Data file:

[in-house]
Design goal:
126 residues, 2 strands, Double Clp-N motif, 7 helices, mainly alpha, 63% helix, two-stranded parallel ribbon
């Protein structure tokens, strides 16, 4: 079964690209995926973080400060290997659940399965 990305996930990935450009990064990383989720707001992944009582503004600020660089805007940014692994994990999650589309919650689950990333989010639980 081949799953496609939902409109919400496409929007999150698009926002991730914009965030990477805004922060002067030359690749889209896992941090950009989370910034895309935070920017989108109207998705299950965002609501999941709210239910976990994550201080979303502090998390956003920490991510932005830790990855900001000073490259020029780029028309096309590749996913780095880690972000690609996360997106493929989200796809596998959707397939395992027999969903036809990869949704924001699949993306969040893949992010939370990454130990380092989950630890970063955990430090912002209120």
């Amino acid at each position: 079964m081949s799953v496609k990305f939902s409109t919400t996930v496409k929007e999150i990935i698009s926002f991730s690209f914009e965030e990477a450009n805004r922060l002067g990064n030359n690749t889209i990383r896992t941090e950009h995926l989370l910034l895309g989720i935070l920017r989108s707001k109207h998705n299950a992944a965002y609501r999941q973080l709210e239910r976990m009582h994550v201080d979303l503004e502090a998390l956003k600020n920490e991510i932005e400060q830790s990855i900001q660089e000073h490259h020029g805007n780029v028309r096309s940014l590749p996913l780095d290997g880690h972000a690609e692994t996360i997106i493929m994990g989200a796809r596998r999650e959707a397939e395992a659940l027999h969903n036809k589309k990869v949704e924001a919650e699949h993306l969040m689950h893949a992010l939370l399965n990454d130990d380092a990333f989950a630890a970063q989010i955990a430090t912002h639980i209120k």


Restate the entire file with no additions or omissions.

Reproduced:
[in-house]
Design goal:
126 residues, 2 strands, Double Clp-N motif, 7 helices, mainly alpha, 63% helix, two-stranded parallel ribbon
């Protein structure tokens, strides 16, 4: 079964690209995926973080400060290997659940399965 990305996930990935450009990064990383989720707001992944009582503004600020660089805007940014692994994990999650589309919650689950990333989010639980 081949799953496609939902409109919400496409929007999150698009926002991730914009965030990477805004922060002067030359690749889209896992941090950009989370910034895309935070920017989108109207998705299950965002609501999941709210239910976990994550201080979303502090998390956003920490991510932005830790990855900001000073490259020029780029028309096309590749996913780095880690972000690609996360997106493929989200796809596998959707397939395992027999969903036809990869949704924001699949993306969040893949992010939370990454130990380092989950630890970063955990430090912002209120």
């Amino acid at each position: 079964m081949s799953v496609k990305f939902s409109t919400t996930v496409k929007e999150i990935i698009s926002f991730s690209f914009e965030e990477a450009n805004r922060l002067g990064n030359n690749t889209i990383r896992t941090e950009h995926l989370l910034l895309g989720i935070l920017r989108s707001k109207h998705n299950a992944a965002y609501r999941q973080l709210e239910r976990m009582h994550v201080d979303l503004e502090a998390l956003k600020n920490e991510i932005e400060q830790s990855i900001q660089e000073h490259h020029g805007n780029v028309r096309s940014l590749p996913l780095d290997g880690h972000a690609e692994t996360i997106i493929m994990g989200a796809r596998r999650e959707a397939e395992a659940l027999h969903n036809k589309k990869v949704e924001a919650e699949h993306l969040m689950h893949a992010l939370l399965n990454d130990d380092a990333f989950a630890a970063q989010i955990a430090t912002h639980i209120k």